Critics may argue that why should a browser be allowed to have a DNS mechanism separate from the OS. Such critics would do well to look at the history. Between OS vs the browser, it is the browsers that have kept the bar much higher on protecting users. Starting from the invention of SSL, the precursor to TLS, at Netscape, to adoption of Certificate Transparency Logs. It's not like every browser is holier than thou, but browsers have definitely adhered to open protocols far better than the OS vendors.

Moving the control of DNS out of the OS, and into the applications (the browser here), becomes even more important in today's smartphone era. Particularly given the fact that the Android ecosystem is filled with players who have the ability to decide what software goes into the OS image, and have business models around data.

Encrypted DNS isn't the complete answer

This is a surprisingly common argument made against DoH - that just encrypting the first mile doesn't guarantee the privacy of the interaction. Um, ok. DoH never claimed to solve for end to end privacy. Did you stop wearing seatbelts because it doesn't provide protection against all accidents? Obviously not. Each of these tools has their place. The seatbelt needs to be there, the car needs to be built to high safety standards, the roads need to be designed for safety - everything needs to come together! That's just how it is for privacy on the Internet as well. And there's work happening along all those other legs, e.g., the work on encrypted SNI is happening in a separate (as it should be) protocol proposal

Another common concern raised is that your DoH provider may itself be relying on other DNS servers (because of how DNS is federated), and those upstream servers may not be encrypting the DNS queries. Quite right, but those upstream servers don't have your direct IP either (they have your DoH provider's IP), which means that any data that they gather doesn't violate your privacy. Hopefully, over time, the upstream providers start shifting to DoH or DoT as well.

Lastly, there could be other kinds of metadata that still jeopardises privacy, e.g. the IP address that is being used. Critics of DoH have pointed out that repressive regimes can still use this metadata to target people. And again, the point remains the same - privacy is a multi-dimensional problem. We shouldn't impede progress in one just because the others continue to remain unresolved.

It's no surprise that most of these criticisms come from companies that are directly involved in existing business models around DNS.

Adverse implications?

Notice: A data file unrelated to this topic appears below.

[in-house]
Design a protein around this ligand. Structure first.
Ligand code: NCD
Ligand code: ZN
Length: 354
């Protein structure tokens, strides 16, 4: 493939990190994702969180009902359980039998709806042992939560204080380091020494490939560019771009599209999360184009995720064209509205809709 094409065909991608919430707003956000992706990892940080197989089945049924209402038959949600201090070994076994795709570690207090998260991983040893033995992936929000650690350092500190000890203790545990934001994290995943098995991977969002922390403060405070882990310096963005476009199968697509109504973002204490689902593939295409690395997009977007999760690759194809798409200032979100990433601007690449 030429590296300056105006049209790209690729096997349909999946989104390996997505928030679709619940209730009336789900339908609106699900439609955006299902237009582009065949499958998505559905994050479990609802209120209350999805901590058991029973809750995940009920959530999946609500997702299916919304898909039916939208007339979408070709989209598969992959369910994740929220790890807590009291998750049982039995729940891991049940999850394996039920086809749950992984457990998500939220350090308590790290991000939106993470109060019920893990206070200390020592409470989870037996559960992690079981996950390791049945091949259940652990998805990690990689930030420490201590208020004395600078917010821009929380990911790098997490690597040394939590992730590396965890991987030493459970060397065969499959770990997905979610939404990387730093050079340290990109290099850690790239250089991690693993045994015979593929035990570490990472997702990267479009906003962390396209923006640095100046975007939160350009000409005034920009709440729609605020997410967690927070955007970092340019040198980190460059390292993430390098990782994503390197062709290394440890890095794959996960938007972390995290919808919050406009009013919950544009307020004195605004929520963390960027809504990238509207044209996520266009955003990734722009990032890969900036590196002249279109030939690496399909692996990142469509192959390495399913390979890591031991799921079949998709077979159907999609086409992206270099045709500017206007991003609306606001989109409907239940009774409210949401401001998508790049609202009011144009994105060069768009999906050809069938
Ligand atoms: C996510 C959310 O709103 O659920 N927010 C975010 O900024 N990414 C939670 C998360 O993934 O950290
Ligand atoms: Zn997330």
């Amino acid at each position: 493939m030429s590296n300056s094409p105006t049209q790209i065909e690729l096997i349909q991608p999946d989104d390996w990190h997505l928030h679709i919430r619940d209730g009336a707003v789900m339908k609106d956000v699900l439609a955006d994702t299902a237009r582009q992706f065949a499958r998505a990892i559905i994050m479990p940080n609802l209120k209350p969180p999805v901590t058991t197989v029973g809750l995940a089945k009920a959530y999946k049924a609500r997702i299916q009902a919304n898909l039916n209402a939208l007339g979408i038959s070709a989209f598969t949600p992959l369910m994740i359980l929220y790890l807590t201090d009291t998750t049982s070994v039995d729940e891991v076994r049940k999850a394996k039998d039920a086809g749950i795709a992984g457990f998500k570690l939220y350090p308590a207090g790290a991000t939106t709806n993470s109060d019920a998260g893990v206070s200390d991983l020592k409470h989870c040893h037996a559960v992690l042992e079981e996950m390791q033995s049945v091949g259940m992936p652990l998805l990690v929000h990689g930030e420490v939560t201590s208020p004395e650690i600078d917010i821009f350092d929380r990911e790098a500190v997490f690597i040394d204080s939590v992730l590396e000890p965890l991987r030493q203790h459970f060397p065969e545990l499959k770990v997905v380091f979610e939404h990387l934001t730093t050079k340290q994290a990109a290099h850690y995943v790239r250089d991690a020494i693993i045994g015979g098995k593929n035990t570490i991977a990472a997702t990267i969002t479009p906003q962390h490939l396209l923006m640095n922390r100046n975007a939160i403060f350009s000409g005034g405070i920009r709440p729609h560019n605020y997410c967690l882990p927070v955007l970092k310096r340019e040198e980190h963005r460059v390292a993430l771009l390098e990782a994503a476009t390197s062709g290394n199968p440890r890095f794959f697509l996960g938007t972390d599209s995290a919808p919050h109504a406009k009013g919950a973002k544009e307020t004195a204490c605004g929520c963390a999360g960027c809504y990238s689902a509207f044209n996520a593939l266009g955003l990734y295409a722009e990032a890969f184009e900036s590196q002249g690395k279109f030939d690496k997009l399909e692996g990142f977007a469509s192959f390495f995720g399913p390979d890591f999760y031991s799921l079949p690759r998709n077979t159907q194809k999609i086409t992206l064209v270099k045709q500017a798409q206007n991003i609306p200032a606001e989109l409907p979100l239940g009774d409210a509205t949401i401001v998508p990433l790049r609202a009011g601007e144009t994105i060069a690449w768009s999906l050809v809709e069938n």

Over time, an ecosystem of additional value added services got created to use the power that comes with such a deep presence of DNS in the network stack. Naturally, as things shift to encrypted DNS, these get naturally impacted as well. Sometimes, critics of DoH call this out as a shortcoming, but these are easily addressable. Here are two that come to mind:

  1. Parental controls - there's a whole bunch of parental control apps that rely on DNS to work. The way they work is that they maintain an allow list of domains that are permitted to be resolved to respective IPs, while the others aren't - so a wikipedia.org gets resolved, but may be a 4chan.org doesn't. Such services will now need to insert themselves as a DoH provider in a browser for them to work. Given how browser settings are, that should be quite straightforward, so concerns about this seem like making a mountain of a molehill.
  2. Private domains in Enterprises - companies often have domains that are accessible only inside their own networks, and to enable it, they deploy DNS servers that resolve only inside the network. Deployment of DoH inside browsers means that these DNS servers are never invoked, so internal services won't resolve. This again, is easily addressed, simply by having custom DoH deployments, which as mentioned earlier, is super easy to do. More importantly, concerns about private networks need to be kept secondary to the larger, more public, Internet.

Reality is, every single time there has been a constructive movement in Internet protocols, some incumbents have had to incur changes. Take IPv6 deployments for example. As the Internet grew, we fell short in supply of the roughly 4 billion IP addresses that could be used. Rolling out IPv6 meant that every service provider had to buy new equipment to support the newer protocol - a way costlier an affair than what we're dealing with here.

Genuine concerns & protocol vs policy

None of the above means that there aren't issues, e.g. if Cloudflare is chosen as the default DoH provider on Mozilla's platform, they acquire too much data. Yes, that's a very valid concern. But we should separate the criticism of policy discussions vs protocol discussions. The protocol here is strong and good for the Internet. There would be better ways to deal with policies that lead to centralisation, and enough conversations are already happening around monopolistic behaviours in tech industry, which is great.

Open protocols are good for the Internet. That has been the biggest reason for Internet's success. DoH is an open protocol. Anyone can run a compliant implementation at home (I do). Which means that the protocol doesn't come in the way of competition.

On Internet's resilience to regulation

At a fundamental level, I feel there's a disconnect between what Internet truly is, vs how policymakers often approach it. Internet doesn't work like a regulated state, yet that hasn't prevented policymakers from attempting, say exports of certain encryption algorithms, only to realise how flawed the enforcement is going to be. Likewise, countries have tried restricting key sizes to enable better monitoring, only for those laws to be treated like a joke.

We can debate at length about why Internet doesn't fit well under traditional regulatory tools, and comparisons have been made about Internet's own cyberspace sovereignty as an extension of the Sovereign Individual. Whatever be the reason, what's certain is that we can't & shouldn't try to regulate protocols. Countries that will try to fight this will find that they've wasted time and energy, and actually crippled their progress on the fabric of the future. On the other hand, countries that accept and internalize this will be much better positioned to make economic & social progress on what is bound to be an Internet centric future.